Once mindful software developers can become jaded or closed-minded.
We can sink into complacency. We might find ourselves spinning in the tires of familiarity. We might concede to our stakeholders, “That’s just the way we do it”. We can unwittingly give safe harbor to habits-of-mind born from insecurities we hold onto.
Beginner’s Mind, from the Buddhist Shoshin, means cultivating an attitude of openness and eagerness. When one maintains an innocence of preconceptions in one’s approach, one practices Beginner’s Mind.
Beginner’s mind is like the mind of child: full of curiosity, wonder, and amazement.
Do we approach our day-to-day tasks in such a way? Can we? Do we look at aspects of our professional lives with this mindset — open to see what there is to see? Can we?
We can, but like other patterns for mindfulness, it requires practice, patience, and vigilance.
In Zen Mind, Beginner’s Mind, Shunryu Suzuki says,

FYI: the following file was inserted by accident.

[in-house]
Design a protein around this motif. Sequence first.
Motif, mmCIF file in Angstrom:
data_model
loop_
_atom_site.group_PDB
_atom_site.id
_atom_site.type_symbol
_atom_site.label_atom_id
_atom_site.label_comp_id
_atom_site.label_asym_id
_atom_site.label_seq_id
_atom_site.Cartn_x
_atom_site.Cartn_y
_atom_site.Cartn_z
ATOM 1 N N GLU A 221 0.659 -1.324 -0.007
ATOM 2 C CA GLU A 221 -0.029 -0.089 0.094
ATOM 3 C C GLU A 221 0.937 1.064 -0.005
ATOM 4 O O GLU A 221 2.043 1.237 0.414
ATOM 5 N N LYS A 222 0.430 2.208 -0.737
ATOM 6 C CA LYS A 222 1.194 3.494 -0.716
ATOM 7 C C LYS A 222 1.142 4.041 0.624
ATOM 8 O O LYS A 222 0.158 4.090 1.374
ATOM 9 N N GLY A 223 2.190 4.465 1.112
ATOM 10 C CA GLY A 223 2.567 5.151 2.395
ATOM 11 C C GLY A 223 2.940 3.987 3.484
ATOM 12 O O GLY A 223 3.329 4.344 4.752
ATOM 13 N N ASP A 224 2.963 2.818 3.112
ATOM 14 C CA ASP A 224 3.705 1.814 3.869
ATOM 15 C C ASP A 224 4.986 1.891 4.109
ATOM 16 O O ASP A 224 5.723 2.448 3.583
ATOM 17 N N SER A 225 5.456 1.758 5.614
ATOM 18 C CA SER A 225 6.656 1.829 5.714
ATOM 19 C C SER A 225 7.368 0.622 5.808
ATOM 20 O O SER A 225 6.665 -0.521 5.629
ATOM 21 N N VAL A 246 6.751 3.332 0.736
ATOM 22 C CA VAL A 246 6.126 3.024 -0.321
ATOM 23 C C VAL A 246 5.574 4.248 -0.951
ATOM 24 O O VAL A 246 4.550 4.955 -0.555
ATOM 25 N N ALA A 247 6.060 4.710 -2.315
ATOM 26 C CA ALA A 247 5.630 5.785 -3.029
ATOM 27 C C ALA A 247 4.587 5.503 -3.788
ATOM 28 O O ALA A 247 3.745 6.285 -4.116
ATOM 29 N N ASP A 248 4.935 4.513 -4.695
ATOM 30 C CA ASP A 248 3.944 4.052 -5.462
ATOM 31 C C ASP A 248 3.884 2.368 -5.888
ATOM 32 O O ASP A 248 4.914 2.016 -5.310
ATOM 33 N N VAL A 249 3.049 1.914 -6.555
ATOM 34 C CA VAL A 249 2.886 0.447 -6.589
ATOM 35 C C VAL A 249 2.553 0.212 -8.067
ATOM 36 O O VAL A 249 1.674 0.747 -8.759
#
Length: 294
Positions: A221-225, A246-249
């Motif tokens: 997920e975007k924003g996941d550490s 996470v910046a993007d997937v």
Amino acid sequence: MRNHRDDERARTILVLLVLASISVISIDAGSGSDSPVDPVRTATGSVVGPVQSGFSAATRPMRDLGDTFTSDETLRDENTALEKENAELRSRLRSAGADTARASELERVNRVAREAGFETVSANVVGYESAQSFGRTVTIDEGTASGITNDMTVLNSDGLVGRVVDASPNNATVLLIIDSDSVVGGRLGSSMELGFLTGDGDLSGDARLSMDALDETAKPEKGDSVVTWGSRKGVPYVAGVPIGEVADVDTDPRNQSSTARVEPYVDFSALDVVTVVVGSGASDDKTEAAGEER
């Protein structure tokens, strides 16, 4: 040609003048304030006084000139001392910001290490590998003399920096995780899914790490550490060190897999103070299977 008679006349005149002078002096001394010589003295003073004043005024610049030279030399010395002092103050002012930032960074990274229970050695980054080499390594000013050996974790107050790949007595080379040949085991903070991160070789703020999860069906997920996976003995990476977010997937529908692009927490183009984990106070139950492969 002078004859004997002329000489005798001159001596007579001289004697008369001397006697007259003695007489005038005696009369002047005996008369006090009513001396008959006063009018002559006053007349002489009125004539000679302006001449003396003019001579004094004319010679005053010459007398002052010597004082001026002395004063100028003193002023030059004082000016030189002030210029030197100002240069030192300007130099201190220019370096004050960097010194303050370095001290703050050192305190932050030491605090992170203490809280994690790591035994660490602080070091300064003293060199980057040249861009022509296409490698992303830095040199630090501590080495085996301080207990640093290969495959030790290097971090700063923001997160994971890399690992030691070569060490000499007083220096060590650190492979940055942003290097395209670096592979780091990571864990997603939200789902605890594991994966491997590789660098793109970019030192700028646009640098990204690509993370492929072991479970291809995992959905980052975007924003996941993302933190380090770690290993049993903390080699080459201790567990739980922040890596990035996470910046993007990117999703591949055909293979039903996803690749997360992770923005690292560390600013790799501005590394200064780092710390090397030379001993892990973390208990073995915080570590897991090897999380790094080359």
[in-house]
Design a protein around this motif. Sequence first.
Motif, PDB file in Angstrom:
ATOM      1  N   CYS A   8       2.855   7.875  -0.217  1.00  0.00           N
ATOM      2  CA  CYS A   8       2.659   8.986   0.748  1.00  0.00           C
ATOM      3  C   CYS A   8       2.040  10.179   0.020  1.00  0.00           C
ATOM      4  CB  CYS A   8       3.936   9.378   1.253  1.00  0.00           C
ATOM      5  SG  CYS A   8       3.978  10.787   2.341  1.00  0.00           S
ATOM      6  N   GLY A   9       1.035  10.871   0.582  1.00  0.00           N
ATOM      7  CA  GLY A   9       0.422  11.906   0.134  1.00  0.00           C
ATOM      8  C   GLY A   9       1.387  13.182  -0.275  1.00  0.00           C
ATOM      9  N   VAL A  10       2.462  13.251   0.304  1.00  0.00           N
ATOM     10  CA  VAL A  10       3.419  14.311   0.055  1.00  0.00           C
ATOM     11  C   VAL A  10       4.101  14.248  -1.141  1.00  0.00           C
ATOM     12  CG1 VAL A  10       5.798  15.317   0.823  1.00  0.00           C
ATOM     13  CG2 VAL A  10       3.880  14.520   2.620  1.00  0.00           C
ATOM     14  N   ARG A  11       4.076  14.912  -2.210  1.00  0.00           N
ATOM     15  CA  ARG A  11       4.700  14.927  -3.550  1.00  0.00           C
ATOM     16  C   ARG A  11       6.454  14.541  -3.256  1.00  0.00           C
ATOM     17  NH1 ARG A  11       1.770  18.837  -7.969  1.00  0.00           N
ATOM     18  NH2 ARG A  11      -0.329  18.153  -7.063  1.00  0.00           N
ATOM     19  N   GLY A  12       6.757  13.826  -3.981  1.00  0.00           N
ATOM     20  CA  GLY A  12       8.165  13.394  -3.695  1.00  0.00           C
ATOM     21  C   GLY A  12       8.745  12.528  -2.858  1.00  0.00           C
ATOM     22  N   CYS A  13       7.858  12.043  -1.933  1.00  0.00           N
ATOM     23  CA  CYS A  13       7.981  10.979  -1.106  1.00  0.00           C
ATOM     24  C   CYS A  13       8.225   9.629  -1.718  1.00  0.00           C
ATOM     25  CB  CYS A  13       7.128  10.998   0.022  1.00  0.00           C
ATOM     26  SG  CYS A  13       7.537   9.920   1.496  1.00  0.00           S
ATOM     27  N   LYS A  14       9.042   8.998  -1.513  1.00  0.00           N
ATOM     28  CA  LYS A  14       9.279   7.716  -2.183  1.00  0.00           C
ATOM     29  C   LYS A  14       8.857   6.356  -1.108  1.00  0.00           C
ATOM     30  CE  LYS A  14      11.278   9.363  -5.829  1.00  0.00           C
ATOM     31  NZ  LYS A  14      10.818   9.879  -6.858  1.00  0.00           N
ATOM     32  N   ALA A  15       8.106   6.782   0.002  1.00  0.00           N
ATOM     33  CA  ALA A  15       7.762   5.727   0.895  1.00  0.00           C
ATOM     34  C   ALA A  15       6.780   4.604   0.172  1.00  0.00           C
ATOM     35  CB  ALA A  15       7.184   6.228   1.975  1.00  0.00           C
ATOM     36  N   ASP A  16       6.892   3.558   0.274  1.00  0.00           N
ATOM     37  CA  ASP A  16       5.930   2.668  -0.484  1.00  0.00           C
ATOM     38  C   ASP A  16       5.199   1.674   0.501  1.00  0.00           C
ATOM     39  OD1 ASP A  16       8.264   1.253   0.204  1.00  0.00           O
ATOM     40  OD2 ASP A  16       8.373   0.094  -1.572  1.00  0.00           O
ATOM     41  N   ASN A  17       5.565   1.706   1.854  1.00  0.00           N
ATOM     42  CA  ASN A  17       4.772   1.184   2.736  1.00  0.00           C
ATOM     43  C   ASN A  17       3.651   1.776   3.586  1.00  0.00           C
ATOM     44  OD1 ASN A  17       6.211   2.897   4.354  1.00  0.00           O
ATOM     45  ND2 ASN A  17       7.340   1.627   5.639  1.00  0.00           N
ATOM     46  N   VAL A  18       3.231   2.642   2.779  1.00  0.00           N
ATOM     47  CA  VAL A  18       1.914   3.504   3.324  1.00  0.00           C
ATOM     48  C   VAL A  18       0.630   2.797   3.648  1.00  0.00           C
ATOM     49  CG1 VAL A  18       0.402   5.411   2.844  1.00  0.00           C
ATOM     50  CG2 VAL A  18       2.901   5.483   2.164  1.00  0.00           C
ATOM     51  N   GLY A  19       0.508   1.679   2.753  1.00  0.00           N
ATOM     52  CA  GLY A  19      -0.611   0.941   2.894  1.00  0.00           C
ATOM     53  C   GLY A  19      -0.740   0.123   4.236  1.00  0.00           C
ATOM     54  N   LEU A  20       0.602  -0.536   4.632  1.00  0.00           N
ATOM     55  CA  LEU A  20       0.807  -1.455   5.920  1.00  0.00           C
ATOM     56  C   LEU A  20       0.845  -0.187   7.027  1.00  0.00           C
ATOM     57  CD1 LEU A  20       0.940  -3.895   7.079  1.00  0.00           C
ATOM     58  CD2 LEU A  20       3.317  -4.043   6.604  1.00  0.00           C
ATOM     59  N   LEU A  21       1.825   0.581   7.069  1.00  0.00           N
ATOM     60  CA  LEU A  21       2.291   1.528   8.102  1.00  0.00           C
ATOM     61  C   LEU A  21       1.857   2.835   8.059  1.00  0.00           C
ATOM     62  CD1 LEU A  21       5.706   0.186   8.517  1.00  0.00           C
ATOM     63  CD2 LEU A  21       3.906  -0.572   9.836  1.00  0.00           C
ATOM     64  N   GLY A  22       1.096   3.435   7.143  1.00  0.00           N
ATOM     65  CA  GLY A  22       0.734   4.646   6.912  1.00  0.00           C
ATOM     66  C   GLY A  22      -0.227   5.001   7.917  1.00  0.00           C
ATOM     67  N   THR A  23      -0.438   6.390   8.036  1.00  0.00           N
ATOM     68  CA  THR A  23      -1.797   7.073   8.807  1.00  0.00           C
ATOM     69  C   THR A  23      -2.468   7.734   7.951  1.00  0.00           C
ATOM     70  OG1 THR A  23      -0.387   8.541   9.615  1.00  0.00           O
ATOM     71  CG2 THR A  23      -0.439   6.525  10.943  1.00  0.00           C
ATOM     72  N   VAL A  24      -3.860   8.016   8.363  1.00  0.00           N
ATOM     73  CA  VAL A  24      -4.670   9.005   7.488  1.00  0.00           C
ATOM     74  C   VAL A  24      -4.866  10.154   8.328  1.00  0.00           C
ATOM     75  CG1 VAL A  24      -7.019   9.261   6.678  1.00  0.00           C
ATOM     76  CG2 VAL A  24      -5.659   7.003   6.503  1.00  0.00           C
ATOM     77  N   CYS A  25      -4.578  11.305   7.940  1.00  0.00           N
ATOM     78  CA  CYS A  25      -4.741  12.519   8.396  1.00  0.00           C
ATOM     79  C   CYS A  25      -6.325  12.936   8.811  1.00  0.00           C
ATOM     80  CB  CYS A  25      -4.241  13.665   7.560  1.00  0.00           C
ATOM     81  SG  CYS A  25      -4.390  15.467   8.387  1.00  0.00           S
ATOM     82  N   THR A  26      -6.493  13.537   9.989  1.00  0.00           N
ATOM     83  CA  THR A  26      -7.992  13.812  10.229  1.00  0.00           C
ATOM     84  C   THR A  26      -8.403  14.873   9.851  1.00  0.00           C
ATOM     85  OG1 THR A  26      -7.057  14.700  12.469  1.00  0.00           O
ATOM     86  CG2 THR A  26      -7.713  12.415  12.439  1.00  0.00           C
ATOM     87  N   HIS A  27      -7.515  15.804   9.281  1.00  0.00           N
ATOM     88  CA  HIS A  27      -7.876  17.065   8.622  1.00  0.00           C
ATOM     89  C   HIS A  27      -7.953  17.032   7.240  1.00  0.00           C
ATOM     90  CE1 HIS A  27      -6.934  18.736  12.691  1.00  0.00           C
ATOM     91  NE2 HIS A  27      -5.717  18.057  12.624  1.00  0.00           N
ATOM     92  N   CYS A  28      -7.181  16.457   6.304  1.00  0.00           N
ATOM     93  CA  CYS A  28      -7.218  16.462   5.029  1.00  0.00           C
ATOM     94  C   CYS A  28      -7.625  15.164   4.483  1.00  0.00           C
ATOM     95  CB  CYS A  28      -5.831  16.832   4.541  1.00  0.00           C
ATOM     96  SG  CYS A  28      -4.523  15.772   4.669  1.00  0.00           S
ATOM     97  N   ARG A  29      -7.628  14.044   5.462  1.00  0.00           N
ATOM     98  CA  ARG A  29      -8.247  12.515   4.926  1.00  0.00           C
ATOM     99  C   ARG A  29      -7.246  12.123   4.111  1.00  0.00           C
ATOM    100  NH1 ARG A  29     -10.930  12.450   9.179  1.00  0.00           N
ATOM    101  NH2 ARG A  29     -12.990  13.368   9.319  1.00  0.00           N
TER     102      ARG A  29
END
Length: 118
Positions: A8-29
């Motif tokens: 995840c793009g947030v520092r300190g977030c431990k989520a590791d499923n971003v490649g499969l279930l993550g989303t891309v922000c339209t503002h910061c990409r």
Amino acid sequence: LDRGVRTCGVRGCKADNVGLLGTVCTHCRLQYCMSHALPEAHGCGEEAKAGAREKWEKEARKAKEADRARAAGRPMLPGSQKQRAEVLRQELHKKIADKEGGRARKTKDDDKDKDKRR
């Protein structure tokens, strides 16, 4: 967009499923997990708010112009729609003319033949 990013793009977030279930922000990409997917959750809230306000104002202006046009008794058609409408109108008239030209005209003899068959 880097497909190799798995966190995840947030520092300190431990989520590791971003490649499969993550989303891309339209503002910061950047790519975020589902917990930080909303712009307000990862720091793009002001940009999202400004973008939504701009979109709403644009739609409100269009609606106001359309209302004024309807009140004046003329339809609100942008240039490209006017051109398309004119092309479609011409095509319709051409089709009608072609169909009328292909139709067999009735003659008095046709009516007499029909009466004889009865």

In the beginner’s mind there are many possibilities, in the expert’s there are few.
Beginner’s Mind and dumb luck are two sides of a coin — a coin that every developer needs. Beginner’s Mind is a mind that’s not calcified. It’s a mind in discovery mode — curiousness and openness to what happens.
A Beginner’s Mind is ready to welcome dumb luck.
Potter Randy Johnston‘s term for dumb luck is The Nourishable Accident. Working with clay, potters relax their expectations. Randy is mindful of the opportunities in unforeseen occurrences. That’s one of the qualities that makes his work sought after.
As pragmatic developers, perhaps our mantra should be to
Mine change for its nourishable accidents
Perhaps our daily practice should be to welcome change with Beginner’s mind.